I'm developing a mobile social game, it's a puzzle with a social layer similar to the one in Candy Crush Saga (limited lives, can send life requests to friends, facebook leaderboards, etc). I know all top mobile social games have a backend, but I don't understand what's the purpose of it, is it only to persist game data? Assuming I'm not interested in persist game data online, do I need a backend server?

My idea was to handle all players' interactions through facebook (life request, leaderboards, etc). Is this possible without my own backend?

Any information on what are the benefits of having a backend for a mobile game is welcome.


4 Answers 4


There are several reasons why to use a backend. Without backend, you can't really have states in your game. That means players start all over when they refresh the web page. The facebook API stuff that you mentioned also comes from backend. You can do lots with facebook API, but it's not even pretending to cover all the cases. Facebook recommends Parse.com for your backend needs.

Backend is used:

  • To not give all the code to your users
  • To run some game logic at backend, so cheating is harder
  • In App purchase item ownership data that should be kept out of players' reach
  • To port the game to multiple devices. Logic running at backend makes it easier
  • To fine tune game without shipping new client all the time
  • To collect data about user behaviour
  • To store player progression

This is just what comes from top of my head, I'm sure there are more reasons. It depends on your game if it really needs backend, but most likely it does. There are multiple web services that offer backend as a service (BAAS) if you lack the knowledge or will to make your own.


You should see the back-end as a centralized component for storage and processing. This structural component is used for various reasons.

  • Storage: the state of your game will be stored on the back-end. "State" refers to all parameters that need to be stored persistently. For example, you need to store the level progression of the player. You have two options here: either you store the state on the user's device, or on a centralized back-end. The back-end offers various advantages. First, the user will be able to resume the game from any device (eg. he could start playing on his computer and switch to mobile device the next day). Second, other players can see the player's score. This is a requirement for leaderboards ... etc.

  • Communication: your game might require a form of inter-player communication. You mentioned messages to friends. Sending lives to other players, playing with or against them, ... are also often available in games. When it comes to messaging, the devices of you and your friend don't communicate directly. Instead, your message is sent to the server, so that your friend can receive it once he is online. This means that you don't both need to be online in order to be able to communicate. Furthermore, by passing messages via the server you could apply filtering for spam ... etc.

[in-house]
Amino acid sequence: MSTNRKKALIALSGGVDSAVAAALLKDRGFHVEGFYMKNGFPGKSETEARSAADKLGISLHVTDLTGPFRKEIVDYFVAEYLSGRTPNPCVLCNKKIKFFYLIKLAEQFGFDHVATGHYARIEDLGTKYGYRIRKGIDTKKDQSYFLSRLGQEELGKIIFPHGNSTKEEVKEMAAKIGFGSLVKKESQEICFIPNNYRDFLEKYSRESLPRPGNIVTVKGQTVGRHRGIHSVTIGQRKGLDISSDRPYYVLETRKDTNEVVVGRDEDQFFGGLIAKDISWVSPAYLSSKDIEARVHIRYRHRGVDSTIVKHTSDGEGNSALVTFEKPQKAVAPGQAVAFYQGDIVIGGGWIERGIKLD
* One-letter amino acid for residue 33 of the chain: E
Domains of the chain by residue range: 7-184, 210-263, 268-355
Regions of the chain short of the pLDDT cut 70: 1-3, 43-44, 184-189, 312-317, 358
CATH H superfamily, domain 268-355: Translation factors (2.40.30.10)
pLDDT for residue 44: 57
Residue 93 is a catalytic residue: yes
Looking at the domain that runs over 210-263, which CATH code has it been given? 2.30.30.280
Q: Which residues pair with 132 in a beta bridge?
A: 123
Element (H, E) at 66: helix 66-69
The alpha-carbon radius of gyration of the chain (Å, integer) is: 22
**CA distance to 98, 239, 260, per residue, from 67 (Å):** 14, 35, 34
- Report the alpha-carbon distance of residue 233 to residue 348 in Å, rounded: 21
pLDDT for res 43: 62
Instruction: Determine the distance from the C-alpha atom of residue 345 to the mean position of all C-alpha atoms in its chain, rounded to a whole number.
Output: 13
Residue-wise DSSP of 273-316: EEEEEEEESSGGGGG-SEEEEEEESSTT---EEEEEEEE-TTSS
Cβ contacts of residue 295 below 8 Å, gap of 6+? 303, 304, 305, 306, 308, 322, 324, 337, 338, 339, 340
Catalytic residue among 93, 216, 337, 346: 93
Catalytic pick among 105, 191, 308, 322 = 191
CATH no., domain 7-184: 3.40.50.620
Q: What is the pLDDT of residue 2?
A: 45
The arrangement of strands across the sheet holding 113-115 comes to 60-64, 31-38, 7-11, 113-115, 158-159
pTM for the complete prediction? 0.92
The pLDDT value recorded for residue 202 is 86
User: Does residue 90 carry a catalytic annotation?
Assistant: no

• Security: code that is stored on a back-end server is "safer" from hacking than an all-client application. The back-end serves as a black box. This means, your game client sends messages to the back-end, and the back-end sends a reply. How the request is actually processed in the back-end is not visible from the outside world. This could be useful if you, for example, want to give players a limited amount of lives per hour. Using app purchases to give them more lives. By storing the number of lives left on the back-end server, hackers can not simple spawn in extra lives by tinkering with the save file on their device. An option for hackers would be to write a server emulator, but this is far more complex than client-side hacking.

There are numerous other advantages, but overall using a back-end component in mobile game architectures has proven to be advantageous (if not essential). Not that you referred to using Facebook instead of a custom back-end. Technically, facebook would be your back-end component in this case, aka. a centralized platform for storage and processing. A custom back-end is prefered as you can incorporate all funcitonality your app requires. The facebook API is a more general purpose back-end, not tailored to fit your application.

To summarize, a back-end component has so many benefits, that it is almost impossible to avoid using one in mobile games. While using the facebook API is possible for general-purpose operations, a custom back-end is recommended to tailor it to fit the needs of your application.


I recommend you look as some of the many BaaS available for mobile game developers. Some are free for non-commercial use or pre-launch development. Here's a few (there are many more):

  • brainCloud
  • Gamedonia
  • GameSparks
  • Gamua Flox
  • PlayFab

Most use an established back-end to abstract over the boring stuff and the long term overhead of building and running your own back-end stack. Pass it off to someone else, pay them a few cents a day, so you can focus on monetizing your game instead of busywork (OS patching, capacity planning, etc.).

I don't understand why anyone would consider building their own back-end when so many good and affordable mBaaS solutions exist. We have been using such a service at our company for about 3 years; it removed lots hassle pretty much overnight. All our techs are now focused on good stuff rather than up to their armpits in DevOps.


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